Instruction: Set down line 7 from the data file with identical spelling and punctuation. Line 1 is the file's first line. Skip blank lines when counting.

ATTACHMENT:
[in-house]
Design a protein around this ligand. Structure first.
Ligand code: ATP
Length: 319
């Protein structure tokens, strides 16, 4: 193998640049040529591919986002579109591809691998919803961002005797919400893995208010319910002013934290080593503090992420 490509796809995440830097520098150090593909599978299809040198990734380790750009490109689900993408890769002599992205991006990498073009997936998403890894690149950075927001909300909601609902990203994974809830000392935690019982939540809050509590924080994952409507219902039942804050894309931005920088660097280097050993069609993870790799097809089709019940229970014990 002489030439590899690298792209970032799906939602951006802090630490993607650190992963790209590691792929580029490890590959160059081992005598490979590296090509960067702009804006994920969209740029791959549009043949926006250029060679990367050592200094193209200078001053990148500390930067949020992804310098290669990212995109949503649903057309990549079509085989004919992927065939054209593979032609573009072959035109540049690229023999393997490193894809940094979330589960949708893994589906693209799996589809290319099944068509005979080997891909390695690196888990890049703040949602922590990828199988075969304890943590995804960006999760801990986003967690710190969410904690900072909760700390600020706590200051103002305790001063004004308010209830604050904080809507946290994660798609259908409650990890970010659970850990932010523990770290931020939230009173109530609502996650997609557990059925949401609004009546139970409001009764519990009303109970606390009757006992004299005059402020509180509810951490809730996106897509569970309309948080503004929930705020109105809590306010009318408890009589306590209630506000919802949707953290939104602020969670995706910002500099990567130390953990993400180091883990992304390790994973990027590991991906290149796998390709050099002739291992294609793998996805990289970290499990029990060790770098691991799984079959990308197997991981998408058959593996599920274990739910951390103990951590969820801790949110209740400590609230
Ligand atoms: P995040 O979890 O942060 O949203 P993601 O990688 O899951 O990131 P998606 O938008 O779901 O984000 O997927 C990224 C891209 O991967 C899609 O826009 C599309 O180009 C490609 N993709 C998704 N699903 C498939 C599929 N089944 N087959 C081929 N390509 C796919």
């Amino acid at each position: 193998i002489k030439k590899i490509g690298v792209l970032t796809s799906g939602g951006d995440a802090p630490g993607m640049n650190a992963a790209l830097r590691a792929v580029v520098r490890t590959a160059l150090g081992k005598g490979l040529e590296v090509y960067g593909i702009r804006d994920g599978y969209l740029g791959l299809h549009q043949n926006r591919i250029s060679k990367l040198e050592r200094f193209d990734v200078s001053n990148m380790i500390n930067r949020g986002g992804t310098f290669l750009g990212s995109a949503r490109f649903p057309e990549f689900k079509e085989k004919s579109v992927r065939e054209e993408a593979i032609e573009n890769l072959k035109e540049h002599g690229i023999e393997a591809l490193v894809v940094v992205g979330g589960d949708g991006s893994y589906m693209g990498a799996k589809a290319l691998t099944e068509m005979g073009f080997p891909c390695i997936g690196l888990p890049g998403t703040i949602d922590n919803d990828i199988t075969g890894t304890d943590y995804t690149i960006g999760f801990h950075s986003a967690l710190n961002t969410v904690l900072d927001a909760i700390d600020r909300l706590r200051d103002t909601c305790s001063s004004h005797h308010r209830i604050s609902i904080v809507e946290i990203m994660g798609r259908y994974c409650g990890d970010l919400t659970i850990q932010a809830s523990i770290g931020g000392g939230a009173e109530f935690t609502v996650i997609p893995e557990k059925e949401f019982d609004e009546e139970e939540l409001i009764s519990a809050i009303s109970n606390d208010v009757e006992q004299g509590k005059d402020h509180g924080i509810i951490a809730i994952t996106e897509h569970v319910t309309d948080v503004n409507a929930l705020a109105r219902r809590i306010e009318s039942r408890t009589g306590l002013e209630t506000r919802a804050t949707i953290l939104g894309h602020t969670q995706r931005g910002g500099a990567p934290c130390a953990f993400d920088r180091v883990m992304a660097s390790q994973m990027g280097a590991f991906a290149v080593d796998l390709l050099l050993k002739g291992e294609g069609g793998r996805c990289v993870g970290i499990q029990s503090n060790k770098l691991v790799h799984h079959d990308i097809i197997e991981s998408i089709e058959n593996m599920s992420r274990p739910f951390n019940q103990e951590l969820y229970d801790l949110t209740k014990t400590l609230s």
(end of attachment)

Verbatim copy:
């Amino acid at each position: 193998i002489k030439k590899i490509g690298v792209l970032t796809s799906g939602g951006d995440a802090p630490g993607m640049n650190a992963a790209l830097r590691a792929v580029v520098r490890t590959a160059l150090g081992k005598g490979l040529e590296v090509y960067g593909i702009r804006d994920g599978y969209l740029g791959l299809h549009q043949n926006r591919i250029s060679k990367l040198e050592r200094f193209d990734v200078s001053n990148m380790i500390n930067r949020g986002g992804t310098f290669l750009g990212s995109a949503r490109f649903p057309e990549f689900k079509e085989k004919s579109v992927r065939e054209e993408a593979i032609e573009n890769l072959k035109e540049h002599g690229i023999e393997a591809l490193v894809v940094v992205g979330g589960d949708g991006s893994y589906m693209g990498a799996k589809a290319l691998t099944e068509m005979g073009f080997p891909c390695i997936g690196l888990p890049g998403t703040i949602d922590n919803d990828i199988t075969g890894t304890d943590y995804t690149i960006g999760f801990h950075s986003a967690l710190n961002t969410v904690l900072d927001a909760i700390d600020r909300l706590r200051d103002t909601c305790s001063s004004h005797h308010r209830i604050s609902i904080v809507e946290i990203m994660g798609r259908y994974c409650g990890d970010l919400t659970i850990q932010a809830s523990i770290g931020g000392g939230a009173e109530f935690t609502v996650i997609p893995e557990k059925e949401f019982d609004e009546e139970e939540l409001i009764s519990a809050i009303s109970n606390d208010v009757e006992q004299g509590k005059d402020h509180g924080i509810i951490a809730i994952t996106e897509h569970v319910t309309d948080v503004n409507a929930l705020a109105r219902r809590i306010e009318s039942r408890t009589g306590l002013e209630t506000r919802a804050t949707i953290l939104g894309h602020t969670q995706r931005g910002g500099a990567p934290c130390a953990f993400d920088r180091v883990m992304a660097s390790q994973m990027g280097a590991f991906a290149v080593d796998l390709l050099l050993k002739g291992e294609g069609g793998r996805c990289v993870g970290i499990q029990s503090n060790k770098l691991v790799h799984h079959d990308i097809i197997e991981s998408i089709e058959n593996m599920s992420r274990p739910f951390n019940q103990e951590l969820y229970d801790l949110t209740k014990t400590l609230s």